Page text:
A price floor, it it was high enough, would mean that the scheme would function more like a carbon tax, but still with an absolute cap on emissions. A price floor could be introduced by there being a reserve price when permits are auctioned, or by firms paying an extra fee when they exercise their permits.

Forestry: The White Paper proposes to cover reforestation, on a voluntary basis, and not cover deforestation. Forest entities will not be required to surrender more permits than have been issued for an individual forest stand. Only activities that are covered by the Kyoto Protocol will be included. Judith Ajani and I have shown that at carbon prices of significantly less than $20 per tonne, there will be more revenue from using plantation forests as carbon sinks that as sources of wood. Because native forest logging does not attract a carbon price, and is not properly regulated, there will be an increase in native forest logging. This is likely to lead to carbon leakage from the plantation forest sector to the native forests logging sector, and a net increase in emissions. We made some submissions to the Carbon Pollution Reduction Scheme green paper here and here.

Update: The Australian Governments’ climate change advisor, Ross Garnaut, has written an article criticising the White Paper for its conditional targets not being higher enough, the inclusion of a price cap, and the transfer of wealth to emissions intensive rent-seeking industries. This article was published in the Fairfax press, and at East Asia Forum (under the title oiling the squeaks)..

The Australian Government will release its Carbon Pollution Reduction Scheme White Paper on December 15. This will include a target range for greenhouse gas emissions in 2020. Australia has drawn considerable criticism from the international community because it has reneged on its commitment to announce it targets at the climate negotiations in Poznan. In an interview with Kerry O’Brien on the 7.30 Report, Australia’s Prime Minister Kevin Rudd stated:

KEVIN RUDD: … And I’m sure when this is delivered, early next week, we’ll get attacked from the left, from the right, we’ll get attacked by various radical green groups saying that we haven’t gone far enough because we haven’t closed down the coal industry by next Thursday.

KERRY O’BRIEN: I think that’s a little unkind, but …

KEVIN RUDD: Well, I think it’s – no, Kerry, this is absolutely true. We’ll be attacked from the far right and by various business groups, I suppose, and certainly the Liberal Party, for doing anything at all. And we’ll be attacked by extreme green groups for not taking the most radical course of action.


KEVIN RUDD: We intend to steer a balanced course.

As well as using straw-man style arguments to attack critics, the Prime Minister is arguing that his target will be appropriate because he will be criticised from both sides. This does not make sense — whether Australia’s targets are appropriate depends on the science, on whether they are equitable, on whether they are achievable, and whether they will increase the likelihood of a comprehensive international agreement that will mitigate climate change. What is not relevant is whether they are criticised by participants in two different sides of a political debate. Instead of underestimating the intelligence of the Australian public, the Prime Minister should address the important issues.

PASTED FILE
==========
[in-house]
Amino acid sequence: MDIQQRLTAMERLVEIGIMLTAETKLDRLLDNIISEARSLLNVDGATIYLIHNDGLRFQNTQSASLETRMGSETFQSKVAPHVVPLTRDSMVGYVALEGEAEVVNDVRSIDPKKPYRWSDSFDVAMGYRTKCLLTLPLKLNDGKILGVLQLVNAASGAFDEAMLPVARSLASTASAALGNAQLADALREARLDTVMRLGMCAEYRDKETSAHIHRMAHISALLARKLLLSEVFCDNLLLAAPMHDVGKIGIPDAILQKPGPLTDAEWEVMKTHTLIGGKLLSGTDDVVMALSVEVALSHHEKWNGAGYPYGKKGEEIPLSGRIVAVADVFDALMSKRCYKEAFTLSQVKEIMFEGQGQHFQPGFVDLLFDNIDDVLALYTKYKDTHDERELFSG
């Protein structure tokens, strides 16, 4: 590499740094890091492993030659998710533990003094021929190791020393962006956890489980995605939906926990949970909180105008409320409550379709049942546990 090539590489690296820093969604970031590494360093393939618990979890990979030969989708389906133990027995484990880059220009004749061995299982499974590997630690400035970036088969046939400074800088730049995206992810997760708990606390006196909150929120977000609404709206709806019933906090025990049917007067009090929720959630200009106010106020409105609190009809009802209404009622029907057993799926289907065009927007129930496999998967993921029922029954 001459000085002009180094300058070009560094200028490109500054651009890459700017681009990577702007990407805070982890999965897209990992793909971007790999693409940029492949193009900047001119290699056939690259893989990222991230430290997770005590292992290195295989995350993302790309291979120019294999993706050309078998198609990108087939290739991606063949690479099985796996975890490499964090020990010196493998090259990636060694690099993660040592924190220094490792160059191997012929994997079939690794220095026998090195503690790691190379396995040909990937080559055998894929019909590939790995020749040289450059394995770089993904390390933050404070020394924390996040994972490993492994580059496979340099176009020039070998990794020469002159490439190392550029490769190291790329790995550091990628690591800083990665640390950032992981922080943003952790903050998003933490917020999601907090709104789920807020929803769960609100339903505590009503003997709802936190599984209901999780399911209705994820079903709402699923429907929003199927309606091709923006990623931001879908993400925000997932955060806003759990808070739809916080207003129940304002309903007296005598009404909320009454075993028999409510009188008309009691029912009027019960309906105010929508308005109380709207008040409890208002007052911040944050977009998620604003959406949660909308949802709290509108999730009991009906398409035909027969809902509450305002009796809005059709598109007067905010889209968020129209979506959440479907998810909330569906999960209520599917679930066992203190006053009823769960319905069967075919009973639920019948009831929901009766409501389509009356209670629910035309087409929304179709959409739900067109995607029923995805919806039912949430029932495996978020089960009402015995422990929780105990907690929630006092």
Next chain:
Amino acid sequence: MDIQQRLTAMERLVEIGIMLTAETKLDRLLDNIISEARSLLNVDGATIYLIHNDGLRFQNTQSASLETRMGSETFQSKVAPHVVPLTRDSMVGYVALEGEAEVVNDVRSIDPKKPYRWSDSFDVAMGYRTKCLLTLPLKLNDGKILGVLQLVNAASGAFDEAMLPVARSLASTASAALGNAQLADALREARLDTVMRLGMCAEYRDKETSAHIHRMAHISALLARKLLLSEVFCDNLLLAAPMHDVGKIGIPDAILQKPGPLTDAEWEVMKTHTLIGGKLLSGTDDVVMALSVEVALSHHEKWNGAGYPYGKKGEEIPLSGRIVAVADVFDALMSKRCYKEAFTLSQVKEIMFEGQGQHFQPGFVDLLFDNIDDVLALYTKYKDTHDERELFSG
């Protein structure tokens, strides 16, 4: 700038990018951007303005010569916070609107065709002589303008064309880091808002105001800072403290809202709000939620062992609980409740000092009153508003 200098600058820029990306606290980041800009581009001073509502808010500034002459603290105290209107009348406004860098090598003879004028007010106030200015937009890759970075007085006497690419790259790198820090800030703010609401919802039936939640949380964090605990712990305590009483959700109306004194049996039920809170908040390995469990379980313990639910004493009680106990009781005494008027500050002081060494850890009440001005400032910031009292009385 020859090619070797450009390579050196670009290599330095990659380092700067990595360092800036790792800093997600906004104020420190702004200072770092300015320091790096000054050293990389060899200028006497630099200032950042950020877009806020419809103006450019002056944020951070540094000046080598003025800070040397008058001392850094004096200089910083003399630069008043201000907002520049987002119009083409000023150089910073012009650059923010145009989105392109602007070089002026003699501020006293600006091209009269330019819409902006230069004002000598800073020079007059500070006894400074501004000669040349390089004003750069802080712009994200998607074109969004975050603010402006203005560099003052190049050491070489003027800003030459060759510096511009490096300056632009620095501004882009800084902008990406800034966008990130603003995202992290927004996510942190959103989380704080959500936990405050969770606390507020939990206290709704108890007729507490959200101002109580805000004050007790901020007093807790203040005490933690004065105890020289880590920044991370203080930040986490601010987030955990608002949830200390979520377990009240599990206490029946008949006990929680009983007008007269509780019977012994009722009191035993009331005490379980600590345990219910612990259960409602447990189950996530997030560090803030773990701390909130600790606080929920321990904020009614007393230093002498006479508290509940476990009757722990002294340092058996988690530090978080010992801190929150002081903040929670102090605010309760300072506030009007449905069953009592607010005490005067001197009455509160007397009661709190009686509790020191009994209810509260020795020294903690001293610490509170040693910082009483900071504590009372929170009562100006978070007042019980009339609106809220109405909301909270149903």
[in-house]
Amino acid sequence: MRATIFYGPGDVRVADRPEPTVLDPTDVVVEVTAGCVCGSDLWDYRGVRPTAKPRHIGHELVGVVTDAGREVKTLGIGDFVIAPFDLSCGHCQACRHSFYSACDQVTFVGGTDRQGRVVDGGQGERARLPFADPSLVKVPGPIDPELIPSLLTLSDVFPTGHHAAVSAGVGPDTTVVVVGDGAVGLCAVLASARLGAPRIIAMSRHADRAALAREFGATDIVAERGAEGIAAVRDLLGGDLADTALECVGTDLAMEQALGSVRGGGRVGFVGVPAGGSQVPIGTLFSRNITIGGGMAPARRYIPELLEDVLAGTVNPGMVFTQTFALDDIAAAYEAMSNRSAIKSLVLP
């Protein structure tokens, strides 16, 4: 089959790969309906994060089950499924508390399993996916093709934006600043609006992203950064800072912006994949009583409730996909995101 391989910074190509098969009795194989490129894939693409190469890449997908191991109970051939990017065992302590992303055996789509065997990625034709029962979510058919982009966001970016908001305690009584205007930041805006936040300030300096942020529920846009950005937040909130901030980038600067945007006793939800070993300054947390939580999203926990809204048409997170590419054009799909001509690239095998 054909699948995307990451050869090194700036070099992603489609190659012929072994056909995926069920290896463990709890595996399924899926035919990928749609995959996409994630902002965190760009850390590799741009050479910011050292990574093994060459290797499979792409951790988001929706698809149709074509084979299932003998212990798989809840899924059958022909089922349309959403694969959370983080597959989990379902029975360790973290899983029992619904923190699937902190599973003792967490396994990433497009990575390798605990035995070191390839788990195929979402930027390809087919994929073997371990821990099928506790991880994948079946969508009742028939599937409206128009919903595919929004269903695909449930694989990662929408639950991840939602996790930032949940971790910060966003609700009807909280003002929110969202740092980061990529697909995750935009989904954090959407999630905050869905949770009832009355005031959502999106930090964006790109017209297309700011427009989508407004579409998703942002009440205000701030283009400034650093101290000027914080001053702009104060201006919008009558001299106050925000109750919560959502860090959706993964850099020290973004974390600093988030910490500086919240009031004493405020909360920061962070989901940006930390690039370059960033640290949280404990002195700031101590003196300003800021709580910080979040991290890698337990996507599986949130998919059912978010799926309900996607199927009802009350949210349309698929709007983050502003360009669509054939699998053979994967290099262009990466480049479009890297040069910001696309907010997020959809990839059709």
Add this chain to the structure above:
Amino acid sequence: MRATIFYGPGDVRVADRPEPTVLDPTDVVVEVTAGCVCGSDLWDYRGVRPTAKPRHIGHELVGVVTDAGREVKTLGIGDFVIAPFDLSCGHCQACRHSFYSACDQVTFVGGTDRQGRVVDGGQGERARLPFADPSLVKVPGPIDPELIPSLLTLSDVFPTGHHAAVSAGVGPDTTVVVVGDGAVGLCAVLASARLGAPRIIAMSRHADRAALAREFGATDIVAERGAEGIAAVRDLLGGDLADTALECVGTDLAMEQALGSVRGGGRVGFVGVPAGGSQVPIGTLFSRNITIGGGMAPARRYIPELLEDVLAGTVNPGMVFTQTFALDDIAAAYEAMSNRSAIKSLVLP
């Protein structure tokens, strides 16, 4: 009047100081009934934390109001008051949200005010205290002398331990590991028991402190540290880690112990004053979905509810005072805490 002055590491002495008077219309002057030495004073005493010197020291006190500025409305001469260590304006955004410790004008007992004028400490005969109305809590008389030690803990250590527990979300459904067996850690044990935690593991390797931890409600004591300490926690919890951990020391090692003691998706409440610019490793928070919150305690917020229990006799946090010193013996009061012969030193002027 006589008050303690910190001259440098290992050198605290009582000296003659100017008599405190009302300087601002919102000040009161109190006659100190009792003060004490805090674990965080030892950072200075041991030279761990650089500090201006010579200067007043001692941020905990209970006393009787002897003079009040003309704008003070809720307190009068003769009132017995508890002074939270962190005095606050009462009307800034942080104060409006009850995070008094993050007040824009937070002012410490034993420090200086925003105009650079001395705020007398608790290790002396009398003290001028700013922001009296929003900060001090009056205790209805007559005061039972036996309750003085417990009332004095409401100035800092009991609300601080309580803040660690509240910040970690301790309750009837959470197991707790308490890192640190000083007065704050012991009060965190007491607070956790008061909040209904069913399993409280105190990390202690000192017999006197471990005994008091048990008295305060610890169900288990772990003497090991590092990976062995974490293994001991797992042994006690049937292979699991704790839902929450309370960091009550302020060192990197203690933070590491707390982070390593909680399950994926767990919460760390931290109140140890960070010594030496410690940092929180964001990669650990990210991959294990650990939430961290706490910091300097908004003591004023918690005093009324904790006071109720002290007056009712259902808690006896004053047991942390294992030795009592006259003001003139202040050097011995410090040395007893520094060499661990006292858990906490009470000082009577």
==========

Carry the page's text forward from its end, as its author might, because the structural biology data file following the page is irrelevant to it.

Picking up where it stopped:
The following cartoon illustrates the Prime Minister’s argument quite well (hat tip to JulieG).

Update: There is an open comments thread and links post on the White Paper at Larvatus Prodeo. The White Paper is here, the target range is 5%-15% reductions compared to 2000 by 2020.

Given a particular stabilisation target for global carbon dioxide levels or greenhouse gas levels, how much would the world need to reduce its emissions by a certain year (e.g. 2020, 2050)? How much should Australia reduce its emissions by a certain year? I have found the following papers to be useful for this:

The first paper suggests that a target of 350ppm CO2 would require global emissions reductions of 5.17% per year. The second paper suggests that if we were to stop emissions overnight, then CO2 levels would eventually stabilise at approximately 300 ppm.

One approach to allocating emissions reductions between countries is ‘Contraction and Convergence’ where countries eventually converge to equal per-capita emissions. How much a particular country emits in a particular year is then based on the convergence date and the stabilisation target (which determines the contraction rate, but this also depends on carbon cycle feedbacks). Garnaut’s targets are based on a convergence date of 2050, which many would argue is unfair to developing counties and low per-capita emitters. The Global Commons Institute has a tool that can be downloaded, which estimates allocations for different countries given different convergence dates. Estimates obtained using this tool for Australia to contribute to 350ppm are 57-60% reductions for a convergence date of 2030; 45-49% reductions for a convergence date of 2040; 37-42% reductions for a convergence date of 2050 (relative to 2000 emissions). These figures are assuming that convergence starts at 2000, so if they were updated to take emissions since then into account, the reductions will become greater.